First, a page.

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Thread: making an octave instrument out of an already existing mandolin?

  1. #1

    Default making an octave instrument out of an already existing mandolin?

    I imagine that someone must have done this already, so I wonder if I could ask here. If I wanted to tune a regular mandolin like a 12-string guitar, so to speak, what kind of strings could I use for the octave-lower ones? And is it a good idea to do this all the way through, or is it better to leave the top one or two courses in unison? Thanks so much.

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    Default Re: making an octave instrument out of an already existing mandol

    Tuning something like that would be a nightmare. I don't know why but I have heard very few 12 string guitars that were in tune. That octave plays havoc with tempered tuning IMHO

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    Martin Stillion mrmando's Avatar
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    Default Re: making an octave instrument out of an already existing mandol

    Never gonna happen.

    You can do octave pairs on the lower courses with one string each tuned to standard G and D and one tuned an octave HIGHER. There is no way on God's little green earth you will ever successfully make an octave pair on a standard mandolin with one string tuned standard and the other tuned an octave LOWER.
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    Default Re: making an octave instrument out of an already existing mandol

    What they said. Octaves of much-shorter-than-guitar-length scale tend to go out of tune quickly as you move up the neck, as evidenced by occasional comments here on Martin's tiple design, which is sort of a cross between baritone ukulele and 12-string guitar (and has 10 strings).

    In other words, 12-string guitars, IMHO, don't get too badly out of tune as you go up the neck, but on much shorter scales (tiple is 17") the octaves get not-so-great by even the 5th fret. Mandolin is just under 14", so...

    But strings are cheap, and sticking G and D octaves on there just for fun should be, well, fun, and probably instructive. You can do them experimentally w/out changing the nut slots, but adding LOW octaves to the A and E strings, if that's what you meant, could require modifying the nut: yuck!

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    Default Re: making an octave instrument out of an already existing mandol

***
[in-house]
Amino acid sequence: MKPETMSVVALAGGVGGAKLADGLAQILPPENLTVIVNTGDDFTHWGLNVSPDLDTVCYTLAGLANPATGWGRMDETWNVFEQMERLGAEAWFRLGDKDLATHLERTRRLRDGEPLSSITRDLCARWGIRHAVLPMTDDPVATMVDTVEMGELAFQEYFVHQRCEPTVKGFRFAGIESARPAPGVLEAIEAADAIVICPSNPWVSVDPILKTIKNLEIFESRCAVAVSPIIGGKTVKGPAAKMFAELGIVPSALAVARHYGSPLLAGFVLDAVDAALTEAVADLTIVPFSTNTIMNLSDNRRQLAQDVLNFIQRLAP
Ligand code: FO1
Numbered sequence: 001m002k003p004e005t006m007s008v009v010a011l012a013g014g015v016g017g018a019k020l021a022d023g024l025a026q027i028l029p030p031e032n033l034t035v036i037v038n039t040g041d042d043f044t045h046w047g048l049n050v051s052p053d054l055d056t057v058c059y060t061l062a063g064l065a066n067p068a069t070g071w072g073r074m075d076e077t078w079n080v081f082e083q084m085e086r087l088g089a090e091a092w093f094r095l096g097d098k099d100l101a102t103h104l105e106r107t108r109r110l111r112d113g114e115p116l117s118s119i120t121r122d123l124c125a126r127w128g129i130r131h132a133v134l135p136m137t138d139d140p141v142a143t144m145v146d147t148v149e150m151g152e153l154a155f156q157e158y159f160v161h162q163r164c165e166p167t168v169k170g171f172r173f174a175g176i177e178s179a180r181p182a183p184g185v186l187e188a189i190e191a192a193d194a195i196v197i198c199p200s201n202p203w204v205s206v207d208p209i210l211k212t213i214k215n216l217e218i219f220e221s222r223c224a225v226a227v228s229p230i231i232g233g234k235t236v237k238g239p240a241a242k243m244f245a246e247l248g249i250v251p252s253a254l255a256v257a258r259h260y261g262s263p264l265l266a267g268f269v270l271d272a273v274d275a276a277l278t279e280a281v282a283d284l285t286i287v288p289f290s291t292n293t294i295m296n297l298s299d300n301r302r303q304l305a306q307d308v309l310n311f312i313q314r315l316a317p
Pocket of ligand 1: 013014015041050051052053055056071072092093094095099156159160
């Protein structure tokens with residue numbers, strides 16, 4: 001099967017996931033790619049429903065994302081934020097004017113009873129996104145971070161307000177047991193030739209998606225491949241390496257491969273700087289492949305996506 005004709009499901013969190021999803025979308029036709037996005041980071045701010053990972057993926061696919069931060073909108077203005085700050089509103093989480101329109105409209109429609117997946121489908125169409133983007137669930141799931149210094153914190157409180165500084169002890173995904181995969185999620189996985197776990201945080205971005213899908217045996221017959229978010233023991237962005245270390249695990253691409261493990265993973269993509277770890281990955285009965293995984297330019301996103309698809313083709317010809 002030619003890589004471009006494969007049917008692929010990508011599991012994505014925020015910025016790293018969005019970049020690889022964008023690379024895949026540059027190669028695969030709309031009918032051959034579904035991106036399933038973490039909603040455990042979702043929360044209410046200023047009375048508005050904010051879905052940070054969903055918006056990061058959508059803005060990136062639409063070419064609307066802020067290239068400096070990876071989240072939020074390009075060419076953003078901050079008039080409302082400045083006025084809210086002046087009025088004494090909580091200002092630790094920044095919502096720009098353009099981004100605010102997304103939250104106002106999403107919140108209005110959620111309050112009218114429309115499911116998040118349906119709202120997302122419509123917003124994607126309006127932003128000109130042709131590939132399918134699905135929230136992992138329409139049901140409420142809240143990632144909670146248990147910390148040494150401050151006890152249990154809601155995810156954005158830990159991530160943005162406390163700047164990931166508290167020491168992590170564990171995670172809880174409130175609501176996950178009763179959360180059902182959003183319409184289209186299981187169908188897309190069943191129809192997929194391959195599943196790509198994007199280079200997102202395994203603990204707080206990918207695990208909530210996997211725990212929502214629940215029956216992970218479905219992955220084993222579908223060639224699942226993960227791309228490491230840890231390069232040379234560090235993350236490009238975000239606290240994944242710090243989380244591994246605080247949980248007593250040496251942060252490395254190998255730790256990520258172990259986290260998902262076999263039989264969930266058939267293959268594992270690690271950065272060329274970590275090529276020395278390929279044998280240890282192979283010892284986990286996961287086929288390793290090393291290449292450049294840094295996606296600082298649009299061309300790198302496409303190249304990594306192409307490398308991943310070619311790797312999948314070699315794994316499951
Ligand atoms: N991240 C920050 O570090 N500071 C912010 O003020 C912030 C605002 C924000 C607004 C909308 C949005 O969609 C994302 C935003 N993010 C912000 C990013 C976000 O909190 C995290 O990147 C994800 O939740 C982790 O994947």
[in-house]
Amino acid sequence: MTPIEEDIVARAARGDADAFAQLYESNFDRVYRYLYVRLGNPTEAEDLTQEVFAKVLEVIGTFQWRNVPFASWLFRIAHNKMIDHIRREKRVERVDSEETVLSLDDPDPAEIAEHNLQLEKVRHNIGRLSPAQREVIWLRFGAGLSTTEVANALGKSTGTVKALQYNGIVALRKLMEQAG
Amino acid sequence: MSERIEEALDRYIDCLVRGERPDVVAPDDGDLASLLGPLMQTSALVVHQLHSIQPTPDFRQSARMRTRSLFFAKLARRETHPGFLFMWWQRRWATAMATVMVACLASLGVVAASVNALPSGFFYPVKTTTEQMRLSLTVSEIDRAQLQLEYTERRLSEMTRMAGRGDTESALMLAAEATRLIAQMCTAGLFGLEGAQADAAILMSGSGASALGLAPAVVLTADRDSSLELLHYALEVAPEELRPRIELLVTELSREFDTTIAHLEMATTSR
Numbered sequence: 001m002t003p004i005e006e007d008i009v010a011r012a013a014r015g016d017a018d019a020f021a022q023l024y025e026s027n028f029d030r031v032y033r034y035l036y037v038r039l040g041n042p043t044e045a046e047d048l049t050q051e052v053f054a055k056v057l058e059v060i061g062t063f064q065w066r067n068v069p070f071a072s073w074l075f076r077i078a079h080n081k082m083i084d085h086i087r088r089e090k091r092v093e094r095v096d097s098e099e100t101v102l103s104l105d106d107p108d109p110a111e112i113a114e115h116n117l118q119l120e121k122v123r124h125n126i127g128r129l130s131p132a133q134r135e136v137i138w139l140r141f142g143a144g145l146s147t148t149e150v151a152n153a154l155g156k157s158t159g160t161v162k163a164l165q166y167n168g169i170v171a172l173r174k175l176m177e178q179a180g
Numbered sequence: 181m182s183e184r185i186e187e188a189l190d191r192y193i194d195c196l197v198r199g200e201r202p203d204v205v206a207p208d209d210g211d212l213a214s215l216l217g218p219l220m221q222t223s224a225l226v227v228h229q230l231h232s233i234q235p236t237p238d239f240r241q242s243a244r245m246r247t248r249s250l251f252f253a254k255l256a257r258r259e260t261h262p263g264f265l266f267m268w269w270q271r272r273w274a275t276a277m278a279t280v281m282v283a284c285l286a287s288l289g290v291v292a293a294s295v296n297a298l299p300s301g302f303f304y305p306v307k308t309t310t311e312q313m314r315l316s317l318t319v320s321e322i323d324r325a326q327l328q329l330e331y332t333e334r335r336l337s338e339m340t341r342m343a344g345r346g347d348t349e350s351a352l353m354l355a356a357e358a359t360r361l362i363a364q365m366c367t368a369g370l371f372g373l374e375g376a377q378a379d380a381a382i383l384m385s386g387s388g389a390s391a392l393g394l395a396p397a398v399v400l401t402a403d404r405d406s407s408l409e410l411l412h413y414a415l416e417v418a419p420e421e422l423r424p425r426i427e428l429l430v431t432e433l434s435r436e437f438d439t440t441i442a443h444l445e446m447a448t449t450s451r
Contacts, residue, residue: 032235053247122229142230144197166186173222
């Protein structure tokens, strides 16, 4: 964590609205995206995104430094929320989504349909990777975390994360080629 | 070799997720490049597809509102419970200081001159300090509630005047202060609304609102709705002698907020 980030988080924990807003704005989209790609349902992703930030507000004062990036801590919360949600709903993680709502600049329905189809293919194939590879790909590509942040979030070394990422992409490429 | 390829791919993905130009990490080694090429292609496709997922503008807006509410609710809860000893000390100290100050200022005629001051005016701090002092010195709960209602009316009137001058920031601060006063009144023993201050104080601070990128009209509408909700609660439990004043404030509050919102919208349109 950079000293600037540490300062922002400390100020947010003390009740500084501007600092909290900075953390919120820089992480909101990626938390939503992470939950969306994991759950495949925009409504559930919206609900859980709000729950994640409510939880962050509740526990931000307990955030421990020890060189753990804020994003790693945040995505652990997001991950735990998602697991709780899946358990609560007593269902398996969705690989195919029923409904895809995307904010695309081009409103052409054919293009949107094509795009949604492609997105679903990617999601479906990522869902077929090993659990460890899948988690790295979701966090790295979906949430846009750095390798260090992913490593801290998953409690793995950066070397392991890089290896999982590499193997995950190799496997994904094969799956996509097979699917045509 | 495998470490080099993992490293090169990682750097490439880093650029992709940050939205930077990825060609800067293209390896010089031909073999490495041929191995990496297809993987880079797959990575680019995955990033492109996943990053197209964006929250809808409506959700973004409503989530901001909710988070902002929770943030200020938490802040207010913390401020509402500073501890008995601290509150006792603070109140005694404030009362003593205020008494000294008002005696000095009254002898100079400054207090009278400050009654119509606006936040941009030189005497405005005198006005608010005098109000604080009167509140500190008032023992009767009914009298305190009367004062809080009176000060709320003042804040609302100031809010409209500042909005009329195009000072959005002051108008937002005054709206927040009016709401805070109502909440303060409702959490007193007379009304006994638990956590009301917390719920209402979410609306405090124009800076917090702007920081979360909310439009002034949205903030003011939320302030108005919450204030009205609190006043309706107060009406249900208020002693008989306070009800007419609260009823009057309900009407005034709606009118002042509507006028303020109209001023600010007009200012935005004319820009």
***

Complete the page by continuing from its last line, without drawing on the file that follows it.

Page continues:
Quote Originally Posted by EdHanrahan View Post
    ...Octaves of much-shorter-than-guitar-length scale tend to go out of tune quickly as you move up the neck, as evidenced by occasional comments here on Martin's tiple design, which is sort of a cross between baritone ukulele and 12-string guitar (and has 10 strings). In other words, 12-string guitars, IMHO, don't get too badly out of tune as you go up the neck, but on much shorter scales (tiple is 17") the octaves get not-so-great by even the 5th fret...
    As the owner of two tiples, agree wholeheartedly.

    Some mandriolas -- which are twelve-string mandolins, with four courses of three strings each, were tuned with the "middle" string of each course an octave lower. Not a successful experiment.

    Longer-scale octave mandolins, and bouzoukis, are quite frequently put into "octave" tuning, especially on the lower string courses. I have a Regal Octofone where I've tuned the third and fourth, D and G, courses, in octaves. But it has a scale length eight inches longer than your mandolin.
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    Default Re: making an octave instrument out of an already existing mandol

    Even a 12 string guitar keeps the E and B strings unison and not octave until the wound strings
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    Default Re: making an octave instrument out of an already existing mandol

    A lot of the black country blues players like Howard Armstrong, Carl Martin, Charlie McCoy and Bogus Ben Covington used octave courses at one time or another.

    Others using octave-strung mandolins have been Fiddlin' Doc Roberts, Yank Rachell, and Charlie McCoy IIRC.

    I'm not saying they were right or wrong to do so, but clearly some did found some success with the idea.

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    Default Re: making an octave instrument out of an already existing mandol

    you need a longer neck to go an octave down ..

    but a Gg Dd aa ee which is one of the Irish Zouk tunings is possible up in the standard violin range.
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  10. #9

    Default Re: making an octave instrument out of an already existing mandol

    it's often done on citterns, for best results you need to compensate the nut, same for 12 string guitars. ed myronik in vancouver used to be a genius at this but he's getting pretty old and ill.hard to find some one who does it here.

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